set trimspool on
set pagesize 1000
set linesize 190
column since format a20
column logon format a20
column event format a25 truncate
column machine format a10 truncate
column status format a10 truncate
column username format a10 truncate
column n format 9999.99

break on machine on report  skip 1

compute sum of sess_count on machine
compute sum of sess_count on report

set time on
spool client.txt append

select 'CFROM' tag,
  to_char(sysdate,'hh24:mi:ss') when,
        machine,
        event,
        seconds_in_wait,
        sql_id,
        prev_sql_id,
        count(*) sess_count,
  to_char(sysdate - (SECONDS_IN_WAIT / (60 * 60 * 24)),'dd-mon-yy hh24:mi:ss') since,
--      next two lines useful if trying to predict a concurrent spike.   1200 being 20 minutes
--      Left over from site specific issue but could be useful.
--      next is last active time + 20 minutes
--      n is a count down to next predicted spike
-- to_char(sysdate - ( (seconds_in_wait ) / (60 * 60 * 24)) + (1200 / (60 * 60 * 24)),'dd-mon-yy hh24:mi:ss') NEXT ,
-- ((sysdate - (sysdate - ( (seconds_in_wait ) / (60 * 60 * 24)) + (1200 / (60 * 60 * 24)) ) ) * (60 * 60 * 24) ) / 60 n,
        username,
        status,
        state
from v$session
group by machine,
         event,
         seconds_in_wait,
         sql_id,
         prev_sql_id,
         username,
         status,
         state
order by machine,
         username,
         event,
         seconds_in_wait,
         sql_id,
         prev_sql_id,
         status,
         state
/

One day I wrote the above script and all became very clear. Something sent  a very fast (150 micro seconds) sql statement concurrently from each application server to every session in the connection pool. The request rate could easily have been serviced by a handful of sessions, but because they came concurrently at the exact same time every session was used.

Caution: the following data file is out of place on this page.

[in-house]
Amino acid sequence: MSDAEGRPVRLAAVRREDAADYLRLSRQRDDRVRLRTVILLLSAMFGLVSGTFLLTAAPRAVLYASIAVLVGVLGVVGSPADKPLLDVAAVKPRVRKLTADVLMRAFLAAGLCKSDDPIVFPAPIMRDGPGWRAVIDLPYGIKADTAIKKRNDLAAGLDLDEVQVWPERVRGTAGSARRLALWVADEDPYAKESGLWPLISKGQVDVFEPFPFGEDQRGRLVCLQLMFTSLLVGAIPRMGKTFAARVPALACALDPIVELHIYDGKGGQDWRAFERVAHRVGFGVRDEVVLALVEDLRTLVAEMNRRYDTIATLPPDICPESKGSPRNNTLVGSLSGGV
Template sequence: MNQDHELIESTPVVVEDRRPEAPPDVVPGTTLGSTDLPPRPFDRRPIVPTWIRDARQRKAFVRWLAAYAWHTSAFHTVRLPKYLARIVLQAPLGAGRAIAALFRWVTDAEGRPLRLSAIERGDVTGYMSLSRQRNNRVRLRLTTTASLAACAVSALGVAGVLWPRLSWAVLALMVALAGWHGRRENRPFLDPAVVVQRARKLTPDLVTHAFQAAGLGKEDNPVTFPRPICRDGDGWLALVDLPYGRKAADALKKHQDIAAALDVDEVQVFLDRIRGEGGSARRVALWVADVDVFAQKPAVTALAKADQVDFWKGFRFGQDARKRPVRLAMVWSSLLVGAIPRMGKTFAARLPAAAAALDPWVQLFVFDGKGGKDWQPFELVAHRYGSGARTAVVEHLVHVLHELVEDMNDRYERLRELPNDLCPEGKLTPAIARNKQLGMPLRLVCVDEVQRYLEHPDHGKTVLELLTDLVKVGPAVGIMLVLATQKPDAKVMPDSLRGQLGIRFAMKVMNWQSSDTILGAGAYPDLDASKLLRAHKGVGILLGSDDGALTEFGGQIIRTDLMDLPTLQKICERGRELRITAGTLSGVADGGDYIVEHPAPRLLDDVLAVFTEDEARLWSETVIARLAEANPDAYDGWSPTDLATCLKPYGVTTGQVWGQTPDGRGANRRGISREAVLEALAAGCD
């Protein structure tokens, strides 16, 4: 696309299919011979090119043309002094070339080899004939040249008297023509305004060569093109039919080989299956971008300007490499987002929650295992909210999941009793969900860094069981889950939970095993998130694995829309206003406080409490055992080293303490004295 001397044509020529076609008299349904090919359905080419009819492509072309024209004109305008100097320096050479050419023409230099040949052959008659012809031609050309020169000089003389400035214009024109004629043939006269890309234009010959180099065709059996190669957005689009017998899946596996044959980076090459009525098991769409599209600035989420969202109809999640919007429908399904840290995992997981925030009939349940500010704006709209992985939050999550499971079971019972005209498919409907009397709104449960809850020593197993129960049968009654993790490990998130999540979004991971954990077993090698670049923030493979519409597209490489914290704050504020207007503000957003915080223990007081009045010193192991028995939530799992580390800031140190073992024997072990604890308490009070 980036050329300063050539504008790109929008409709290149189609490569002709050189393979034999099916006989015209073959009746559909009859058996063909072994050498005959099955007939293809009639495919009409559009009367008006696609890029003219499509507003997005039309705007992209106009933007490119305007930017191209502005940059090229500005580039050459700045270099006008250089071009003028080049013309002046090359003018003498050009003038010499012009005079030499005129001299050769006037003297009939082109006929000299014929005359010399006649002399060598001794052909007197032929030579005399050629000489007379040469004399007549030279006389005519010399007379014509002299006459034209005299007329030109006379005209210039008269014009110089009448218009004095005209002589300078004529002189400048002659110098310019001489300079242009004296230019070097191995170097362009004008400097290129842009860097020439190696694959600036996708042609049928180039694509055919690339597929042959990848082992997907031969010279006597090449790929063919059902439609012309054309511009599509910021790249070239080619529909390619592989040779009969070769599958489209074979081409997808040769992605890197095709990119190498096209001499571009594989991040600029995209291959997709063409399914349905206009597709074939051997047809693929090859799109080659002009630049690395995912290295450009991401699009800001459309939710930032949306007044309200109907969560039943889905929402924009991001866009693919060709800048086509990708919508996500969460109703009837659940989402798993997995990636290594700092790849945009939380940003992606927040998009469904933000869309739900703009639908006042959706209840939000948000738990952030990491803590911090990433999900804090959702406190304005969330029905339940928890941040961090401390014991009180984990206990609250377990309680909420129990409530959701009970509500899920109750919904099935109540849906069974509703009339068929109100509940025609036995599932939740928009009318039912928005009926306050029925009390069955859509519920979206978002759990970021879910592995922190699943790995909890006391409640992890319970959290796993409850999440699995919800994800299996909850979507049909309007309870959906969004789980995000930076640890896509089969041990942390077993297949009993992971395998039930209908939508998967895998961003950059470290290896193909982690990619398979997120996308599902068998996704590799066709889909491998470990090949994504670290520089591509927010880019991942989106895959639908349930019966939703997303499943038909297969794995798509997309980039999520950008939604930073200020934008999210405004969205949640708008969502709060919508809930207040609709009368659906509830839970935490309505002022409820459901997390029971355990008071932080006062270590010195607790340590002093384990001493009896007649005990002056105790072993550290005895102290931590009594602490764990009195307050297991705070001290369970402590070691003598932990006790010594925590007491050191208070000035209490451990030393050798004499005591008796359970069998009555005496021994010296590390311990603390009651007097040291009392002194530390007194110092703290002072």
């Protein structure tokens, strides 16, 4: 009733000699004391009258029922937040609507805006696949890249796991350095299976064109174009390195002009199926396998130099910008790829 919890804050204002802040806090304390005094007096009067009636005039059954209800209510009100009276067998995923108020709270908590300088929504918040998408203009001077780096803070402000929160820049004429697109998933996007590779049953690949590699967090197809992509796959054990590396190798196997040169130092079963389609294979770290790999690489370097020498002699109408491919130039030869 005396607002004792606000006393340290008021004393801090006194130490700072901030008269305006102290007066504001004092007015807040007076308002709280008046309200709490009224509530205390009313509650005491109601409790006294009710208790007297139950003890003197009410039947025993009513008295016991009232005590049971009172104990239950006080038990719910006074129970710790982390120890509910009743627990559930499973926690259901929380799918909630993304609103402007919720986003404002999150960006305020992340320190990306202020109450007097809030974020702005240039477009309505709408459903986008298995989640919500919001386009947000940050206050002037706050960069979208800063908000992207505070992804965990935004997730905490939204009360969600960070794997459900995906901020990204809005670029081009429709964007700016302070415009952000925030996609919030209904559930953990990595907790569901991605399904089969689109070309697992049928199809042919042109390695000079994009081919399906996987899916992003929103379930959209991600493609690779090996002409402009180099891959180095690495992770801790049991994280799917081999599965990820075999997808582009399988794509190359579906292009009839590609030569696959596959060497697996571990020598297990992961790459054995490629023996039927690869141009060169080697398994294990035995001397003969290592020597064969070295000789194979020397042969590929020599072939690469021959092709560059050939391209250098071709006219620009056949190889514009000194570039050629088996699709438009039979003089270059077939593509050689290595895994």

note: This output has been faked, Not able to find real example of the original issue we had (few years back)
note: All host names and user names are also faked...... so I can keep my job!
Columns            Description
-----------------  --------------------------
TAG                tag used so can grep info from log file
WHEN current system time when data collected
MACHINE            host where the session originates
EVENT              Current database event
SECONDS_IN_WAIT    Seconds in Wait
SQL_ID             Current SQL statement
PREV_SQL_ID        Previous SQL statement last run on the session
SESS_COUNT         Total number of sessions within group (sql_id,event,seconds in wait etc)
SINCE What time the session has been idle since (sysdate - seconds wait)
USERNAME           User name of sessions
STATUS             Session status (Active or Inactive)
STATE              Session Wait State

TAG   WHEN     MACHINE    EVENT                     SECONDS_IN_WAIT SQL_ID        PREV_SQL_ID   SESS_COUNT SINCE                USERNAME   STATUS     STATE
----- -------- ---------- ------------------------- --------------- ------------- ------------- ---------- -------------------- ---------- ---------- -------------------
CFROM 13:55:17 abcabc01.i SQL*Net message from clie               0 2j7pff3tfuzzz 2j7pff3tfuzzz          1 14-may-10 13:55:17   WEBUSERABC INACTIVE   WAITING
CFROM 13:55:17            SQL*Net message from clie               0               qw4bv6jwup5ab          1 14-may-10 13:55:17   WEBUSERABC INACTIVE   WAITING